Building living collections to conserve endangered species of rainforest trees.
How do you plant a rainforest? Like any other garden. Begin with a nursery to nurture baby trees, then send them out into the wild when they are ready. But of course, it isn’t that simple. Seeds of wild trees don’t come in neat packets from the store, and trees grow very tall. Dainty spindly saplings can shoot up to two metres in just two years.
The Tropical Rainforest Conservation and Research Centre (TRCRC) has been fine-tuning this craft since 2012, when it was set up as a non-governmental organisation to work on ideas for conserving rainforests in Malaysia. Planting rainforests is part of its efforts to save endangered wild tree species, some of which are sliding towards extinction.
“Our focus is conservation,” said its Executive Director Dr Dzaeman Dzulkifli. To do this, it has established ‘Tropical Living Collections’ of rainforest trees to preserve rare and precious trees from Malaysia’s rainforests. Two Living Collections have been built in Perak and Sabah, and it is now exploring similar collections in four other states.
Over 100 million years old, Malaysia’s rainforests are some of the world’s oldest and most diverse places. In just one hectare, there can be as many as 400 tree species and up to 3,000 individual trees. And that’s not counting the smaller plants and shrubs.
But the jungles are also under threat from deforestation for commercial and other purposes, particularly the iconic Dipterocarp species or tropical hardwoods. The Meranti, Serayan and Cengal are some, to use their common Malaysian names. These trees have high commercial value but an even greater value for their role in generating an ecosystem for smaller flora and fauna.
Growing very slowly, they begin flowering only after the 20th year, and then only once every five to seven years. They live up to 600-700 years and can reach around 90 metres tall. The world’s tallest tropical tree found in Sabah measures at 100 metres. They are truly the giants of the rainforest.
“The biggest threats to them are fragmentation of the forests and over-exploitation,” said Dr Dzaeman. A number of these iconic trees are already on the Red List of the International Union for Conservation of Nature as being threatened or endangered.
The Tropical Living Collections aim to bring these species into protective care, to keep them alive and thriving, and to eventually repopulate the wild in forest reserves and degraded jungles. They are kept in lush nurseries as living plants, near the reserves where the parent trees are found.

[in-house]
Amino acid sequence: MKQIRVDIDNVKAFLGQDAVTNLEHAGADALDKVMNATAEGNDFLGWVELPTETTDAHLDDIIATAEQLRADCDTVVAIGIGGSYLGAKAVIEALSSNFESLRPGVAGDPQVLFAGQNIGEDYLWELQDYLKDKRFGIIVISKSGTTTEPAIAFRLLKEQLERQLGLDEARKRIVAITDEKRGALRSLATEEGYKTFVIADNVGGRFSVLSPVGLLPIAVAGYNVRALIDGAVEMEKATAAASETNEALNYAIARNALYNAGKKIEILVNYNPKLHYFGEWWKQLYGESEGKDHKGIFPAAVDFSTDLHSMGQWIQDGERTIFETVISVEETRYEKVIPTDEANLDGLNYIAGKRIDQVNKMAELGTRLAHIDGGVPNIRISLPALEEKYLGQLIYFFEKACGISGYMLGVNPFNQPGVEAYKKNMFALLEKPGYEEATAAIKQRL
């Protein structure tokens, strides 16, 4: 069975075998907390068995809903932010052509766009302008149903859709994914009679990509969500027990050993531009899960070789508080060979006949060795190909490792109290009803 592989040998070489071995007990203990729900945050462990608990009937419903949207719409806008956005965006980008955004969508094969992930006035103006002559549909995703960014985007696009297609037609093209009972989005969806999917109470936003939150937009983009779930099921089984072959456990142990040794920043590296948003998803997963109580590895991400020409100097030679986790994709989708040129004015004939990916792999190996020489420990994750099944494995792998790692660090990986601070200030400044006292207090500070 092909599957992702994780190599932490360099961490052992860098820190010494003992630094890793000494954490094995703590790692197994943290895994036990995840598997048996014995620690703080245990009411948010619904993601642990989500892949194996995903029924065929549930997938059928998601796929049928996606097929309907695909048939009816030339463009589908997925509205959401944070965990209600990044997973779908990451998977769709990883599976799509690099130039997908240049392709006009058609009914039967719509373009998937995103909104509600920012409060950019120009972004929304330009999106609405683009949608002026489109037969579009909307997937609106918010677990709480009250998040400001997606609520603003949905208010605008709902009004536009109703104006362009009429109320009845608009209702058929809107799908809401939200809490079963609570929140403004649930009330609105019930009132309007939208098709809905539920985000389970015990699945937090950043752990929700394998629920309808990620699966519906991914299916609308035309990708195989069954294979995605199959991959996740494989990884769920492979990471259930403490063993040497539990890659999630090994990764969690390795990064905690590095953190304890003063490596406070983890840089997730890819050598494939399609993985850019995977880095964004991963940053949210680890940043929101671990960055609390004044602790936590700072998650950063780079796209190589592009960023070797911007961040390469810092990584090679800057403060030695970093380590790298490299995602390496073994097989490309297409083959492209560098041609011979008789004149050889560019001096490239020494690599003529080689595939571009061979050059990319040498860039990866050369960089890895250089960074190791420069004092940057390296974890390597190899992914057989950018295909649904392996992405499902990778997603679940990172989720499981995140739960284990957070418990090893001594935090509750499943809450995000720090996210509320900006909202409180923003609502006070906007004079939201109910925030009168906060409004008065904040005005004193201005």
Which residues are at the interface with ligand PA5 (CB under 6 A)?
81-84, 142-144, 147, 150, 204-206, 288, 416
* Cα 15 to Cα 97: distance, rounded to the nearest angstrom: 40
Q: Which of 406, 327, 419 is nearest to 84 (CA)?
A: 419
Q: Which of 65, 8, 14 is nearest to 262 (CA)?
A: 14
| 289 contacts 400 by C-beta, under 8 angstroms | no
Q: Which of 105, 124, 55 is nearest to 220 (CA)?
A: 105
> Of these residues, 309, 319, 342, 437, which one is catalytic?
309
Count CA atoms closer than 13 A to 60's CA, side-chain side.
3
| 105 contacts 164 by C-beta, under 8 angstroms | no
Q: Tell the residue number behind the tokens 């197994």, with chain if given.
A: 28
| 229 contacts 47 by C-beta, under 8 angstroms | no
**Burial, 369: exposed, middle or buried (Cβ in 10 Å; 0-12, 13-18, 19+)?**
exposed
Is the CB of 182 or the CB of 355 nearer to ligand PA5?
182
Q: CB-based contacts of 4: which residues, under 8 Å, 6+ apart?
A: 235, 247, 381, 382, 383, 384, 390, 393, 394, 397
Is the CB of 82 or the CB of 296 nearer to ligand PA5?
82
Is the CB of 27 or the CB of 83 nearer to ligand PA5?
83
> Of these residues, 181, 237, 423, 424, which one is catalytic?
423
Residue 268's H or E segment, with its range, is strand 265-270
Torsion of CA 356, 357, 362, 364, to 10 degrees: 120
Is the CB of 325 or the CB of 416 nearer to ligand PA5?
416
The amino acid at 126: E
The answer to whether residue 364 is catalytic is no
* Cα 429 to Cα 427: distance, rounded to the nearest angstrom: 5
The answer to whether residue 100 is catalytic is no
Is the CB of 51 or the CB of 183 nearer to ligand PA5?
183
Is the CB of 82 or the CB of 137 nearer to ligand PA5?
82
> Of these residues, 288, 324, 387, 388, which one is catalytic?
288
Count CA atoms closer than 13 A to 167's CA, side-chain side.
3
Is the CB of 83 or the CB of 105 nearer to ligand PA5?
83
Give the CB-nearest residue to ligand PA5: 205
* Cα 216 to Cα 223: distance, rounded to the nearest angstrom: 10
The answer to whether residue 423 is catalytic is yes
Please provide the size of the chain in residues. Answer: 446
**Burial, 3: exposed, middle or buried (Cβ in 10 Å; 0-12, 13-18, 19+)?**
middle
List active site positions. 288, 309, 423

One might wonder if it would be easier to store seeds rather than trees, but tropical trees don’t lend themselves well to being conserved in the form of seeds. “The majority of our species don’t go into a dormant period, so we need to save them as living collections,” said Dr Dzaeman.
The first step in building a Living Collection is to identify the species, based on the IUCN Red List and local lists. The TRCRC’s ground team, or G-Team as they are called, goes out into the forests to select suitable trees for seed collection and mark them. Their exact location is recorded. Then the team waits and watches.
It can be a long wait of up to seven years for the trees to flower. When they do, they tend to do so all at once. When the mass flowering takes place, the entire team along with Dr Dzaeman swing into action to collect seeds from the selected trees.
Collecting seeds isn’t as easy as picking them off the ground. It’s quite an operation, requiring a lot of creativity and energy. The trees are shaken with ropes tied to the branches towering high above, to get the distinctively shaped flowers to drift to the ground for collection.
The seeds are germinated in a nursery, in a precise formation. Not more than 30 seeds from one parent tree are planted to ensure that diversity is maintained, and the sibling saplings are kept together. This ensures that the team knows exactly where these saplings came from.
As the baby plants begin shooting up, some are moved to shaded areas to slow their growth, while some are left in the sun to give them a full taste of life in the wild as they are prepared to be replanted in the forest. The trees are replanted where they came from, with not too many sibling trees, to mimic natural conditions.
If seed collection is hard work, replanting is even more so. Each sapling must be carried carefully through the forest to the spot chosen for it. Imagine walking four to five kilometres in a rainforest with a tree strapped to your back!
After planting, the sapling, which had been ‘hardened’ in the nursery, is left alone to grow. It will face plenty of challenges out there – a sudden turn of the weather, for wet or dry, may threaten its survival. Its carers come back regularly to clear the vines that may strangle it, doing that for no less than two years, but there’s little they can do about the weather.
So far, TRCRC has collected 56,000 seeds from 72 species, 43 of which are on the Red List. Over 50,000 seedlings are being nurtured in the nurseries, and about 7,000 have been planted, including saplings grown by state forestry departments. Its focus is on building the collection, particularly for species like the Keruing Jarang in Sabah, where only 10 individual trees remain in the wild.
Saving the giants of the rainforests is undoubtedly a long and arduous job, with no guarantees. But Dr Dzaeman’s passion tells him that it can be done. So, how do you plant a rainforest? With plenty of passion, loads of hard work, and a lot of hope.
**Photography courtesy of Tropical Rainforest Conservation and Research Centre